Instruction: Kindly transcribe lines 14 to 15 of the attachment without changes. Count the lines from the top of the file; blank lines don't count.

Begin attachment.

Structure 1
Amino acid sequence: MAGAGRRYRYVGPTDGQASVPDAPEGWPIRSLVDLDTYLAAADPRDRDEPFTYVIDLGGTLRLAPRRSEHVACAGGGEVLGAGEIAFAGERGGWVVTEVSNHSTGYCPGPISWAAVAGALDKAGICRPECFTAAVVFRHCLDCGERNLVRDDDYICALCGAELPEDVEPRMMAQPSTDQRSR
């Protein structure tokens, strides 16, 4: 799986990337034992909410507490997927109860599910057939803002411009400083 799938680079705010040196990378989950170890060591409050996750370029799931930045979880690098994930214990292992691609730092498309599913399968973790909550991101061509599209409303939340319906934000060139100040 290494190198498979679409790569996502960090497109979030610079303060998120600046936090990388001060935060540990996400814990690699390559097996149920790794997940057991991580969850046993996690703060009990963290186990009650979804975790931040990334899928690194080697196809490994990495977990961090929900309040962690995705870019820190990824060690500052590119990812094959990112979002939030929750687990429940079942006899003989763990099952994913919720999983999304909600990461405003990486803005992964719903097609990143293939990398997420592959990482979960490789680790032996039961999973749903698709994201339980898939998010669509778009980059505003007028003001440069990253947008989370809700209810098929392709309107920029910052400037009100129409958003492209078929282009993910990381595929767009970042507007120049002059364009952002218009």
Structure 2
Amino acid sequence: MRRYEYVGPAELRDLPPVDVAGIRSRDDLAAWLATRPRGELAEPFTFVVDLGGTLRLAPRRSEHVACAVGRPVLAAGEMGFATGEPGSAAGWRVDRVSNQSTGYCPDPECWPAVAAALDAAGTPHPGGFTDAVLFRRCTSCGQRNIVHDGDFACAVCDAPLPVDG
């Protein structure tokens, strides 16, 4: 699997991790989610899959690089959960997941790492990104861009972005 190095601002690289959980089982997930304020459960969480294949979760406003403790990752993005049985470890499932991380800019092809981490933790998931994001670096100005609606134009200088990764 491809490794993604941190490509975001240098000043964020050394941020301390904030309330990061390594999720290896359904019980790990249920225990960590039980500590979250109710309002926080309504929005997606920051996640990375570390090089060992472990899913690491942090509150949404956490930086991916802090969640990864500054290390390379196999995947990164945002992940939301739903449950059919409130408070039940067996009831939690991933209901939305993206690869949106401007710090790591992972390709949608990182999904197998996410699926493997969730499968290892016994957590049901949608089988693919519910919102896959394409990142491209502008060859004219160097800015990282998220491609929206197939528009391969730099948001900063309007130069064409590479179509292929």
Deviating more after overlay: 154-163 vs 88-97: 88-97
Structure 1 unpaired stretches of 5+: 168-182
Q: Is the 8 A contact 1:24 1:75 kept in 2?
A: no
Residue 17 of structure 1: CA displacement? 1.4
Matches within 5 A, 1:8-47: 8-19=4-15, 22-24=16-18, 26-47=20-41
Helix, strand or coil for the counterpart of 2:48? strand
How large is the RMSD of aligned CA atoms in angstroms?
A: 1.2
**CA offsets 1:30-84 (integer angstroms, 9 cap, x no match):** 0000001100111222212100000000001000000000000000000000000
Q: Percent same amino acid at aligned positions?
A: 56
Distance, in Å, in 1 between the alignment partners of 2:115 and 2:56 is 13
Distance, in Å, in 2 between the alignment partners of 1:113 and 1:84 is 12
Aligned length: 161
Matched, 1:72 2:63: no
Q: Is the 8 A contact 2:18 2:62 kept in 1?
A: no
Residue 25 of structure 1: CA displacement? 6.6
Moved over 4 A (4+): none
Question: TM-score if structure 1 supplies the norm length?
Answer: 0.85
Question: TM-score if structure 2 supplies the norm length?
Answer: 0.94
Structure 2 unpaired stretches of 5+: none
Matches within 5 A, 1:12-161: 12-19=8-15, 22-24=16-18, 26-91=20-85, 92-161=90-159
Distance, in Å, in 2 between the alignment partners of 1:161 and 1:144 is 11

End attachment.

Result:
How large is the RMSD of aligned CA atoms in angstroms?
A: 1.2